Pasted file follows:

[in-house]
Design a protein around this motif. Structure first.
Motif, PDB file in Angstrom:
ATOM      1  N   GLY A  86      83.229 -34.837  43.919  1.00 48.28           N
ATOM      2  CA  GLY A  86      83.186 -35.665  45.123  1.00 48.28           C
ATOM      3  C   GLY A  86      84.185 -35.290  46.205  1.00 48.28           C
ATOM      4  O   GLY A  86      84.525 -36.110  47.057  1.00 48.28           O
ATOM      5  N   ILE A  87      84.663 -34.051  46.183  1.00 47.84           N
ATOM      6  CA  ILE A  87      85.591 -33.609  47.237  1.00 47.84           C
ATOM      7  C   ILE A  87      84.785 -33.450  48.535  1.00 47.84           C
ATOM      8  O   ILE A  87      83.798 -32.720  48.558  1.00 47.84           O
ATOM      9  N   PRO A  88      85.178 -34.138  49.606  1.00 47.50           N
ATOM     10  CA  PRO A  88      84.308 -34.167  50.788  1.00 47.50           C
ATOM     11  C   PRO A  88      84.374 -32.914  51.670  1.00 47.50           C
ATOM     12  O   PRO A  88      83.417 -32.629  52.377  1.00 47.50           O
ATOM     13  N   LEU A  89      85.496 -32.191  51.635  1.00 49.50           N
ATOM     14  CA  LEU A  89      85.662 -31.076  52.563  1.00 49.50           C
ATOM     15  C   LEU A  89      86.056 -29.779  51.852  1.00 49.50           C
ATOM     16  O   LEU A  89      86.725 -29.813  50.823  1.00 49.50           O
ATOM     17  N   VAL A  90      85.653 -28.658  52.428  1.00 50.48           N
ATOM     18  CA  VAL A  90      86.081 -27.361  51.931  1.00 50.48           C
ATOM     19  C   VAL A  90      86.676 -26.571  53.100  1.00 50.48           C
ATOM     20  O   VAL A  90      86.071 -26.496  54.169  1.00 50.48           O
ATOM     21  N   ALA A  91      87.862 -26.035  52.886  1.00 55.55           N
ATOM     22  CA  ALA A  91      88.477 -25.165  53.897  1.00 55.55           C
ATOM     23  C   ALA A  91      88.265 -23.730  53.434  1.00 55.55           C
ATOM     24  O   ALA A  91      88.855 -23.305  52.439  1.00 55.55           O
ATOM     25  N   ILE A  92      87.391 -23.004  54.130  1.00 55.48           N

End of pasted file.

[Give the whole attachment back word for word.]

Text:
[in-house]
Design a protein around this motif. Structure first.
Motif, PDB file in Angstrom:
ATOM      1  N   GLY A  86      83.229 -34.837  43.919  1.00 48.28           N
ATOM      2  CA  GLY A  86      83.186 -35.665  45.123  1.00 48.28           C
ATOM      3  C   GLY A  86      84.185 -35.290  46.205  1.00 48.28           C
ATOM      4  O   GLY A  86      84.525 -36.110  47.057  1.00 48.28           O
ATOM      5  N   ILE A  87      84.663 -34.051  46.183  1.00 47.84           N
ATOM      6  CA  ILE A  87      85.591 -33.609  47.237  1.00 47.84           C
ATOM      7  C   ILE A  87      84.785 -33.450  48.535  1.00 47.84           C
ATOM      8  O   ILE A  87      83.798 -32.720  48.558  1.00 47.84           O
ATOM      9  N   PRO A  88      85.178 -34.138  49.606  1.00 47.50           N
ATOM     10  CA  PRO A  88      84.308 -34.167  50.788  1.00 47.50           C
ATOM     11  C   PRO A  88      84.374 -32.914  51.670  1.00 47.50           C
ATOM     12  O   PRO A  88      83.417 -32.629  52.377  1.00 47.50           O
ATOM     13  N   LEU A  89      85.496 -32.191  51.635  1.00 49.50           N
ATOM     14  CA  LEU A  89      85.662 -31.076  52.563  1.00 49.50           C
ATOM     15  C   LEU A  89      86.056 -29.779  51.852  1.00 49.50           C
ATOM     16  O   LEU A  89      86.725 -29.813  50.823  1.00 49.50           O
ATOM     17  N   VAL A  90      85.653 -28.658  52.428  1.00 50.48           N
ATOM     18  CA  VAL A  90      86.081 -27.361  51.931  1.00 50.48           C
ATOM     19  C   VAL A  90      86.676 -26.571  53.100  1.00 50.48           C
ATOM     20  O   VAL A  90      86.071 -26.496  54.169  1.00 50.48           O
ATOM     21  N   ALA A  91      87.862 -26.035  52.886  1.00 55.55           N
ATOM     22  CA  ALA A  91      88.477 -25.165  53.897  1.00 55.55           C
ATOM     23  C   ALA A  91      88.265 -23.730  53.434  1.00 55.55           C
ATOM     24  O   ALA A  91      88.855 -23.305  52.439  1.00 55.55           O
ATOM     25  N   ILE A  92      87.391 -23.004  54.130  1.00 55.48           N